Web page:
Atlantic City City Hall

City Hall in Atlantic City on July 9, 2019.

On March 31, registered voters will decide whether to change Atlantic City’s form of government. The yes-or-no ballot question will ask voters whether the city should adopt a council-manager form of government and discard the current mayor-council form.

A legal challenge to the petition that forced the special election is working its way through the court system and could negate the referendum. The complaint, filed on behalf of the Atlantic City Democratic Committee, alleged the petition was deficient, signatures were fraudulently obtained and the new form of government would violate the civil rights of residents.

A judge has set a hearing on the matter for March 9.

Below is a primer for voters to help understand the differences between the two forms of government and what is required for the change of government to happen.

What type of government does Atlantic City currently have?

In 1982, Atlantic City adopted the mayor-council form of government under the Optional Municipal Charter Law, or Faulkner Act. OMCL forms of government give residents the right to initiative and referendum, meaning they can directly petition their local government to act or, if the governing body refuses, hold a referendum.

This type of government is often referred to as a “strong mayor” form. The mayor is independent from the legislative body and has broad executive authority.

The mayor of Atlantic City is the chief executive of the municipality and oversees each department. The mayor is responsible for preparing an annual budget as well as appointing and removing department heads, subject to City Council approval. The mayor also has veto power over local ordinances, which can be overturned by a two-thirds vote of council.

The mayor is directly elected and serves a four-year term.

City Council exercises legislative power in Atlantic City. A simple majority is needed to approve most ordinances and resolutions.

The council is made up of nine members who serve four-year terms. Each of the city’s six wards is represented by one member of council. The remaining three council members are at-large and are directly elected by a citywide majority.

Elections in Atlantic City are partisan. Primary elections for Democratic and Republican candidates are held in June. General elections take place in November.

What type of government is being proposed for Atlantic City?

There are two types of council-manager forms of government in New Jersey. One operates under the OMCL, while the other originates from the Municipal Manager Act of 1923.

The council-manager form being proposed in Atlantic City is the 1923 version, which does not allow for initiative and referendum.

This form separates policy making from policy implementation. The council is responsible for enacting policy, which the municipal manager must then implement.

The municipal manager is appointed by the council with a majority vote.

The municipal manager is the chief executive and administrative official of the city. The manager prepares a budget, negotiates contracts (subject to council approval), and appoints or removes department heads. A manager attends council meetings but has no vote. The manager can make recommendations to council.

Once a year, the manager makes a report detailing completed work, goals and objectives. The report is public information.

City Council consists of five members who serve four-year terms. All members are at-large and directly elected by a citywide majority.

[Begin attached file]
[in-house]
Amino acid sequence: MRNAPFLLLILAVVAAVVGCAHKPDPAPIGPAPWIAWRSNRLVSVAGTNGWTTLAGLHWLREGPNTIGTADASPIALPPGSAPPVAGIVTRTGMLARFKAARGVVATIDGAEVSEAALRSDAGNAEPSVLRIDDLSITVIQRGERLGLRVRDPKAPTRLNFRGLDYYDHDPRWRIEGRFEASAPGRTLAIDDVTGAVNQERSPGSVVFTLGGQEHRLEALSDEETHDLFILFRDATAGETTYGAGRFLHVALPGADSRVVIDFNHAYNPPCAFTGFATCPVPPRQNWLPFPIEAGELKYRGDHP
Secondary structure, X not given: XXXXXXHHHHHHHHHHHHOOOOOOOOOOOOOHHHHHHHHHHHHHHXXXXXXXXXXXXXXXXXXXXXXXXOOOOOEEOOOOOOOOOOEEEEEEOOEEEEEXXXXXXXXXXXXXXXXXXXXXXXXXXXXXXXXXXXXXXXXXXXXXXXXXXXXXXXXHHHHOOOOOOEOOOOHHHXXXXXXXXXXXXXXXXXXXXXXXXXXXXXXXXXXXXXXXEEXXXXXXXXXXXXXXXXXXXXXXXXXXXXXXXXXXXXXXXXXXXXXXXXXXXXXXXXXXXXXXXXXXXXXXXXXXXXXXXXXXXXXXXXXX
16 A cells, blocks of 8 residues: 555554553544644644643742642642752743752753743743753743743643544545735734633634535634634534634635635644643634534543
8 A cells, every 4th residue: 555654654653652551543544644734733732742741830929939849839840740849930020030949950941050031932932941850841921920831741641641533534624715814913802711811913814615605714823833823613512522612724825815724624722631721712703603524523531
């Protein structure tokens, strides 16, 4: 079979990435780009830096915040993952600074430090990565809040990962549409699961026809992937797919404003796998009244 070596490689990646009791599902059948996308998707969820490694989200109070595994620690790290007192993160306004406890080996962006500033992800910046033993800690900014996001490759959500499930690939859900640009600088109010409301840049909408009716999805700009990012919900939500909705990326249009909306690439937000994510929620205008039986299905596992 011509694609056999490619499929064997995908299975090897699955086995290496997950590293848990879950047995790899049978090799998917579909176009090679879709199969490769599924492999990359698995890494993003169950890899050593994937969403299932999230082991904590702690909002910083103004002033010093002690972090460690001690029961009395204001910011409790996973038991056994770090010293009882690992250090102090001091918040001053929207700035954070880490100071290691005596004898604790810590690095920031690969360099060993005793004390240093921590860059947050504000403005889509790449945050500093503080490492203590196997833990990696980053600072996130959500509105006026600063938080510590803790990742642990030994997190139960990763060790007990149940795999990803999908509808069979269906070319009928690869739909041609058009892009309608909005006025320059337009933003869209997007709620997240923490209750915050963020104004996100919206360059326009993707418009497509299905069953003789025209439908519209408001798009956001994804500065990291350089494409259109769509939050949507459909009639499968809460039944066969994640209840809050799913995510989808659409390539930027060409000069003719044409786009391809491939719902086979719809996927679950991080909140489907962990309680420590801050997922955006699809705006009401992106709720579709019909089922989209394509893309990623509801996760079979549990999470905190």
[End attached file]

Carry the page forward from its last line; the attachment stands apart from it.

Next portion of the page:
Council appoints the mayor from among the members of the governing body. The duties of a mayor are essentially limited to presiding over meetings.

Elections under the 1923 Municipal Manager Act are nonpartisan, so there are no primary elections. A general election is held in May, and elected officials begin their terms July 1.

What else do voters need to know about the referendum?

Changing a municipality’s form of government is intended to be possible, but not necessarily easy.

For the change-of-government referendum to be adopted, the number of yes votes cast must meet or exceed “30% of the number of persons voting in such municipality at the last preceding general election,” according to state law.

In the 2019 general election, 6,232 ballots were cast in Atlantic City. Based on that figure, the referendum would require a minimum of 1,869 yes votes to be approved.

If the referendum is successful, the change of government would go into effect exactly four weeks from the date of the special election. Prior to that change, a special election to select the five at-large council members would be held.

Will the state have a say if the referendum is successful?

The takeover legislation passed in 2016 gives the state broad authorities over the city, but rejecting a successful referendum to change the form of government is not one of them.

The state Department of Community Affairs, the agency with direct oversight of Atlantic City, will not have the authority to disregard the results of the March 31 special election under the Municipal Stabilization and Recovery Act.

Since the onset of the petition effort in June to change the city’s form of government, officials with the DCA have stated their belief that MSRA gave the state agency advisory authority over initiative and referendum efforts.

EDITOR'S NOTE: This story has been corrected to reflect the total number of ballots cast in Atlantic City during the 2019 general election and the percentage of yes votes required to adopt the referendum.

Contact: 609-272-7222

Twitter @ACPressDanzis

Staff Writer

I cover Atlantic City government and the casino industry since joining The Press in early 2018. I formerly worked as a politics & government reporter for NJ Herald and received the First Amendment: Art Weissman Memorial NJPA Award two years in a row.

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